GPs favoured but costs and barriers remain in health system
While the overwhelming majority of middle-aged and older Australians are happy with their GP, as shown in a new national Survey of Health Care, its findings on cost and other barriers underline gaps in care and the need for a better-connected health system.
“The Australian Bureau of Statistics survey report released today found that 96 per cent of people aged 45 and over viewed their GP positively. That is a very encouraging foundation on which to develop a stronger more integrated care system such as the Health Care Homes being trialed by the Federal Government,” the CEO of the Consumers Health Forum, Leanne Wells, said.
“We can see from other findings in the survey that there are gaps in care and in information getting to patients, and barriers caused by cost such as the 45 per cent of respondents who indicated the cost of the appointment was a reason they did not see a specialist doctor when they felt they needed to.
“That’s a concern when you consider that over half the population over 45 reported seeing a specialist doctor in the previous 12 months.
“Many older Australians do face significant ongoing health costs, such as the four in five people who are taking at least one medication a day. These figures emphasise the importance of cost transparency and action on out of pocket costs. This is an issue for all Australians, not just a small part of the population.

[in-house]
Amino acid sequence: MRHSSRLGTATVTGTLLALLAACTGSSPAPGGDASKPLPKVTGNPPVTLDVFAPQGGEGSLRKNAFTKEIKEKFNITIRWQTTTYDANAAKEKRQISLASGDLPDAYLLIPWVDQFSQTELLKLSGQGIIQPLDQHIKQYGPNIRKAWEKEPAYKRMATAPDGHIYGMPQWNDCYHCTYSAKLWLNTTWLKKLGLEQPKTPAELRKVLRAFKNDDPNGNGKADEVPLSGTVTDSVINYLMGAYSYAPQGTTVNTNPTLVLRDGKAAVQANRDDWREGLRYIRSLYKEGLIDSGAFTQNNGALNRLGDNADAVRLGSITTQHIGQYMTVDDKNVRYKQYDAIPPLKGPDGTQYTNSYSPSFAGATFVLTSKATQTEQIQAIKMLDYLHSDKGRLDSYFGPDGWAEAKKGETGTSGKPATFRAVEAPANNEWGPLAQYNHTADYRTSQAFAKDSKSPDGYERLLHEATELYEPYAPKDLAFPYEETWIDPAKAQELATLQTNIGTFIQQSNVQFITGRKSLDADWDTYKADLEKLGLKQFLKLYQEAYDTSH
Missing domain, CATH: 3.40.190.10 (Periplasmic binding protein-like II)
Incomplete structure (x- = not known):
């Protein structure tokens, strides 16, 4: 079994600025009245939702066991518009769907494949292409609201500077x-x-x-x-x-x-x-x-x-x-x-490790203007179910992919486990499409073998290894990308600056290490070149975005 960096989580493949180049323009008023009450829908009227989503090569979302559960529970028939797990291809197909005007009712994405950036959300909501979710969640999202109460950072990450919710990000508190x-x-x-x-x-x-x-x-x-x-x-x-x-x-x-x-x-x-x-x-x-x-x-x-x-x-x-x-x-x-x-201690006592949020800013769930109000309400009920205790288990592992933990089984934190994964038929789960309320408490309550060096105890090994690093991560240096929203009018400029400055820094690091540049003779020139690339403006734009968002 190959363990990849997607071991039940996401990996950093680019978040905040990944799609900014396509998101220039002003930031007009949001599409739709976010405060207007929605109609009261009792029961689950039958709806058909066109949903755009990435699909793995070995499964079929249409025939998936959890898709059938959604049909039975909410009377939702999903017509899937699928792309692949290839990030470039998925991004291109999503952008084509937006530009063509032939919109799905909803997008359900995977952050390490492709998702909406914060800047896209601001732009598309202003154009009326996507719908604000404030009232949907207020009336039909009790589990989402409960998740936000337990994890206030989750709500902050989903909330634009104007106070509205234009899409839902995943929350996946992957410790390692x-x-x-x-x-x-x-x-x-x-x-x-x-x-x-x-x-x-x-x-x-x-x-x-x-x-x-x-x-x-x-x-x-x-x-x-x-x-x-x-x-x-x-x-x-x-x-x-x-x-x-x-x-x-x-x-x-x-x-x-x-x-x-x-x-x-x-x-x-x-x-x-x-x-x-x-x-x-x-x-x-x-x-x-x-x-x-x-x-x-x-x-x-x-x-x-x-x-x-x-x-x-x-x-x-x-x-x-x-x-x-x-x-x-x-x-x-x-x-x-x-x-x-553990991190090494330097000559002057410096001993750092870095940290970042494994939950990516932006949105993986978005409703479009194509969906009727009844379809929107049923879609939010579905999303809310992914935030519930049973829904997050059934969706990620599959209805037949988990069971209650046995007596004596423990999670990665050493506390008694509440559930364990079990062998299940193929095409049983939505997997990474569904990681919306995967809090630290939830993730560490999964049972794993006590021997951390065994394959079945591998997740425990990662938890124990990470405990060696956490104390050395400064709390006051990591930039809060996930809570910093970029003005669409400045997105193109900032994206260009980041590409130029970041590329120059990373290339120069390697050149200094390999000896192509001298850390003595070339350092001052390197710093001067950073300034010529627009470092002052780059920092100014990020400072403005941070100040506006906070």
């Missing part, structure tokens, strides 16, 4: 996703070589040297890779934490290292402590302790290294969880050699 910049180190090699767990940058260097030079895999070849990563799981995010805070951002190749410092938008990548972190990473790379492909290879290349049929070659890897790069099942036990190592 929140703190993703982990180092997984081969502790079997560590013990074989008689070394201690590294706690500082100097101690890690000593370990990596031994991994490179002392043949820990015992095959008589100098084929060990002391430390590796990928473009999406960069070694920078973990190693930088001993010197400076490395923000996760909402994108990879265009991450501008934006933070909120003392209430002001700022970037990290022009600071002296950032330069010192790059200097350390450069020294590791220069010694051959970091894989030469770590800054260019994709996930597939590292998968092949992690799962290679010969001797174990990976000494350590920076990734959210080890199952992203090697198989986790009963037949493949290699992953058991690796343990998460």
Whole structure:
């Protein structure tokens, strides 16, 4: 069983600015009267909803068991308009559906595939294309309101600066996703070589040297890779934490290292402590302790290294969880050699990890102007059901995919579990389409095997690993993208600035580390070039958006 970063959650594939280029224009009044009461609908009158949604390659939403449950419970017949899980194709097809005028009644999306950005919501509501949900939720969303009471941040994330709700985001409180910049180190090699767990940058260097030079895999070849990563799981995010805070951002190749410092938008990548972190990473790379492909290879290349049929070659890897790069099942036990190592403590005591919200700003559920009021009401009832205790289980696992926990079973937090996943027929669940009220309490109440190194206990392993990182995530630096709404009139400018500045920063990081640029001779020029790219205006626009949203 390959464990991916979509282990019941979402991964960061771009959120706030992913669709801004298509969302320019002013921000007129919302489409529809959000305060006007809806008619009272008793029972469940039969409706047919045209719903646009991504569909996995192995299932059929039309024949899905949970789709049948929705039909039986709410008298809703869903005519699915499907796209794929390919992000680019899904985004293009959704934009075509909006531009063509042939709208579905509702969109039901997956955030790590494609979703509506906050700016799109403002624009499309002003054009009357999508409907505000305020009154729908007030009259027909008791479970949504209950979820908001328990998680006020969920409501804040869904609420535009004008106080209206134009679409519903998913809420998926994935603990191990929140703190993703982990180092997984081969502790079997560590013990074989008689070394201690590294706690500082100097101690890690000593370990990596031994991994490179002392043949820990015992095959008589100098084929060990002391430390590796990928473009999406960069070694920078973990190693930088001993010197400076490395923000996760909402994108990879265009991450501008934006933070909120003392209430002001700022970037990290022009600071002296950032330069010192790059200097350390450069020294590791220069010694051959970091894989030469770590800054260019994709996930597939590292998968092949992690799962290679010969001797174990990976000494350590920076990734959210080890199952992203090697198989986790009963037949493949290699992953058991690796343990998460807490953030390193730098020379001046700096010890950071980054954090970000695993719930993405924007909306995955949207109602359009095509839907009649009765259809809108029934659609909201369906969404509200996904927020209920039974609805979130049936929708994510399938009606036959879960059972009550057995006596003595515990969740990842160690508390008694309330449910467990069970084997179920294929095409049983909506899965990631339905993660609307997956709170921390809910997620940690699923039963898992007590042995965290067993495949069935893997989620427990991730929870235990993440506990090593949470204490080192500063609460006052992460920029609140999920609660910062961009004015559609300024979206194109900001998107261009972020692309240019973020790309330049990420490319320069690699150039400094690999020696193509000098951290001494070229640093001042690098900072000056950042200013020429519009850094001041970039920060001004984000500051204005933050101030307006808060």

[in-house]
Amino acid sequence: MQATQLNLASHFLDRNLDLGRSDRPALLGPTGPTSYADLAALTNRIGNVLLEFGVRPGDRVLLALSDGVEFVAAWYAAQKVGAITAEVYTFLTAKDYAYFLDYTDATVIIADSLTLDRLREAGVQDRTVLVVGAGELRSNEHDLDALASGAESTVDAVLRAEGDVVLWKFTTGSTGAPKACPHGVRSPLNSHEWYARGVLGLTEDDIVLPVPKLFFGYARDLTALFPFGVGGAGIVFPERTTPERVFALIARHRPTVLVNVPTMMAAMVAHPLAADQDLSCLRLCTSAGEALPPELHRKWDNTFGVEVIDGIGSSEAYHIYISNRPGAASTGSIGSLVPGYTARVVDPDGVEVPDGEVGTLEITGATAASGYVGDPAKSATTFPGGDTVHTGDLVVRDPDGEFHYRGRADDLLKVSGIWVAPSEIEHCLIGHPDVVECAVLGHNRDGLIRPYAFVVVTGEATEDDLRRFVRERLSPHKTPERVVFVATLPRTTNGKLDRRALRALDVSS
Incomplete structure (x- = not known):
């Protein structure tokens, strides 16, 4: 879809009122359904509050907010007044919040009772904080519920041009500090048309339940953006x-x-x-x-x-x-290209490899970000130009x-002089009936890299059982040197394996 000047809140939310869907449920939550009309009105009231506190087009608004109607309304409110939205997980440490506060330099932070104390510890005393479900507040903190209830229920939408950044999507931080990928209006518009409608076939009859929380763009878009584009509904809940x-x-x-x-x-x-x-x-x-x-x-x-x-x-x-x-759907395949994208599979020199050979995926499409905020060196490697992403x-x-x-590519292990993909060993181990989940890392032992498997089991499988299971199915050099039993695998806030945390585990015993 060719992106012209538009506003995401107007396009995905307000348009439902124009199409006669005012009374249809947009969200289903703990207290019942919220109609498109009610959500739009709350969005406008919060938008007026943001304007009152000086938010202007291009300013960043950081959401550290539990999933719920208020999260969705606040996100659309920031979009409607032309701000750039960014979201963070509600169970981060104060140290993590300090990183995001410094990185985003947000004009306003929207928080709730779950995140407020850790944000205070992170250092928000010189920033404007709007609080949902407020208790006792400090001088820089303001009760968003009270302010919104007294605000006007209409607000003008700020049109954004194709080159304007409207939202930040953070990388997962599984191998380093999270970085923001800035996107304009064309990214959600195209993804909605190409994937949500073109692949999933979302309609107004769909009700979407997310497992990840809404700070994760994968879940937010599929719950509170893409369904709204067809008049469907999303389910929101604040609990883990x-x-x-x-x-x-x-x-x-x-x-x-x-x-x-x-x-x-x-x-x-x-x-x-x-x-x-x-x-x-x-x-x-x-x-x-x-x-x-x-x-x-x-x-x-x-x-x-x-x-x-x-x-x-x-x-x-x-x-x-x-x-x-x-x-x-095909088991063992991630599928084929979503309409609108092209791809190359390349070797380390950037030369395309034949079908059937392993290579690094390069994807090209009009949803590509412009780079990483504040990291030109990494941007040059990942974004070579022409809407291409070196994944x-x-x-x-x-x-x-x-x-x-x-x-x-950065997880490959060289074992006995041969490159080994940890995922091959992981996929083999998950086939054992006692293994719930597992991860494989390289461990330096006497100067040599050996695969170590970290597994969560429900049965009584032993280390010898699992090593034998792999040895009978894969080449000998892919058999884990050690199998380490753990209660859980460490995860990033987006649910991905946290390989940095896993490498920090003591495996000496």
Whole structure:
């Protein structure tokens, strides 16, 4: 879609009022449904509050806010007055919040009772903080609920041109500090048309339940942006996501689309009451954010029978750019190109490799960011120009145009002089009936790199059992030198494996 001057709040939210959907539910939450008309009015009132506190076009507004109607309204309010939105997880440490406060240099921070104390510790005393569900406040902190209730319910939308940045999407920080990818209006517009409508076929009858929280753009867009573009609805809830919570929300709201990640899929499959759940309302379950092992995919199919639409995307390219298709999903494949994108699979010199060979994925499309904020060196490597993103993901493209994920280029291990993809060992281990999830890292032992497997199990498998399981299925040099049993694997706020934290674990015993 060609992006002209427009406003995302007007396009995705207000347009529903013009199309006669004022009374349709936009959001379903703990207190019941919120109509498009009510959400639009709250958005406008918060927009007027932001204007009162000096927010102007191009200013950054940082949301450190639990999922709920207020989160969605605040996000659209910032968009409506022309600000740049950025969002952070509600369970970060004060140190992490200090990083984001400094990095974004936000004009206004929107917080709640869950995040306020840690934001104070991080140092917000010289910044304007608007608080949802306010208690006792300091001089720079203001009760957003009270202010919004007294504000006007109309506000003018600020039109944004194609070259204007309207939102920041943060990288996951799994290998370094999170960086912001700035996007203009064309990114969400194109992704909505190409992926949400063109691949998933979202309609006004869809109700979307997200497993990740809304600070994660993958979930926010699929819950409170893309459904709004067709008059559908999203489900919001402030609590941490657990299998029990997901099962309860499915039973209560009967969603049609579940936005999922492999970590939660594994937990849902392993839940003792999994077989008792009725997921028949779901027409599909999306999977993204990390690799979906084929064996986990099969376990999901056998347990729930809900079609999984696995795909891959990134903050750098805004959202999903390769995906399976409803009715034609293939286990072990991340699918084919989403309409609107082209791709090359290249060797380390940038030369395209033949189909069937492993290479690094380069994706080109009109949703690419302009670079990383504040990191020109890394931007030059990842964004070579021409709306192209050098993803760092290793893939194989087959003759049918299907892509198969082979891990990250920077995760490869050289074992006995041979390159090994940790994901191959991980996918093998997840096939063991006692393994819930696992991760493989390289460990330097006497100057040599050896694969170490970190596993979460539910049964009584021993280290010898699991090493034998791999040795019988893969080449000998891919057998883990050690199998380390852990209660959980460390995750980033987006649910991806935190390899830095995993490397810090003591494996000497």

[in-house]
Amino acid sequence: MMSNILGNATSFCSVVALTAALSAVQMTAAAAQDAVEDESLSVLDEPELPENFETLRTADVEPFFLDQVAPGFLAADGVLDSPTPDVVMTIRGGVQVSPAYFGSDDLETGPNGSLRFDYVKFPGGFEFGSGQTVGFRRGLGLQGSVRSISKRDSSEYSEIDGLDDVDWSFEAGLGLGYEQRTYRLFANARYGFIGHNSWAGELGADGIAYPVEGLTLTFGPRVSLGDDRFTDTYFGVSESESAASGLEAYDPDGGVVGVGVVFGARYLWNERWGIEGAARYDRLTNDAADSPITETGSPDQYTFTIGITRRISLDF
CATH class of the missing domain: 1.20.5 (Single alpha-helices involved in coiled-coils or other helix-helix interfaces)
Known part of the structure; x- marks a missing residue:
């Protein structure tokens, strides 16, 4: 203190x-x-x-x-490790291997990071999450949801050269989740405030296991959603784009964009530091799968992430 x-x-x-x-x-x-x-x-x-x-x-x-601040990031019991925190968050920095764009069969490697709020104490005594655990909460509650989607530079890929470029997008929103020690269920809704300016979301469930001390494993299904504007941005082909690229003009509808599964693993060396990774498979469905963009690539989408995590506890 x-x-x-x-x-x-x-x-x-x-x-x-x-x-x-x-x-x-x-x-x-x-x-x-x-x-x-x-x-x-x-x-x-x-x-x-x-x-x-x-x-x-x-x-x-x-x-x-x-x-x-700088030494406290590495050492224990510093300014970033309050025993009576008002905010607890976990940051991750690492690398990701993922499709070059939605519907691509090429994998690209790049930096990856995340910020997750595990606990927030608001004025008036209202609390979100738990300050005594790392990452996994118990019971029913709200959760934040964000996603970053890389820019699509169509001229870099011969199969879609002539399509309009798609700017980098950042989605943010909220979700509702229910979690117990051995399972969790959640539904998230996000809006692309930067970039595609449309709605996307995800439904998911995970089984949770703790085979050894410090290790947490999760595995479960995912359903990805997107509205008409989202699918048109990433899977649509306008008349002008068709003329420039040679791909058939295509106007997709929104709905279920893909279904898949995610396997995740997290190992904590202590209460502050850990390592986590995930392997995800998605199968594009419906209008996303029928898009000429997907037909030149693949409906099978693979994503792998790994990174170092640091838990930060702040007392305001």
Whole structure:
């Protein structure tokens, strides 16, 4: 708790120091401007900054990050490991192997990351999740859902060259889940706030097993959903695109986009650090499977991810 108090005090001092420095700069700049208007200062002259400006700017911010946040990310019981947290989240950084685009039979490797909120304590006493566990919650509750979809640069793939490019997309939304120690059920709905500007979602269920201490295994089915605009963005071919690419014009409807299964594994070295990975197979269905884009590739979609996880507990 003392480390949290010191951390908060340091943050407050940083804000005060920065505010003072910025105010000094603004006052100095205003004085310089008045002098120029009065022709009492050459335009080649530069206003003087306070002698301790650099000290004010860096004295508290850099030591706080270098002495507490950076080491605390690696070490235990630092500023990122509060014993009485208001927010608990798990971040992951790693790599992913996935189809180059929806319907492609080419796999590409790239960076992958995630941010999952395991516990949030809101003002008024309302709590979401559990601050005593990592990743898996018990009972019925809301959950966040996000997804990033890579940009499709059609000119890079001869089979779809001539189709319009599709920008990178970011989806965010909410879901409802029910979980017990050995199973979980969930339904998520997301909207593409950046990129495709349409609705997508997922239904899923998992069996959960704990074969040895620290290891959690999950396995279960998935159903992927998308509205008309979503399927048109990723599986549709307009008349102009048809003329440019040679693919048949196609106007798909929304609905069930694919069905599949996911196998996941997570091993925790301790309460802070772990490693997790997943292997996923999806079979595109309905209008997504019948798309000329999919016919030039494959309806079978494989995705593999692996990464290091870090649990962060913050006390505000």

“While one in eight reported not seeing a GP because of cost, the most common barrier to not seeing a GP was not being able to get an appointment. Rates of seeing a GP after hours is high – with one in eight reporting seeing a GP after hours. This emphasises the need to protect consumers from changes to after-hours care.
“The survey gives us a valuable insight into patients’ experiences of health care given the 35,000 people who responded from around Australia. Its findings add weight to much of what CHF has advocated for in terms of better quality access to care, out of pocket costs and digital health.
“It reveals problematic gaps in information getting to patients such as the significant numbers of those who said that their GPs did not seem informed about the care they received from specialists, or of their medication needs after a visit to a hospital.
“The prospect of much improved patient access to information offered by the My Health Record we trust will deliver a better informed patient and a better connected health system,” Ms Wells said.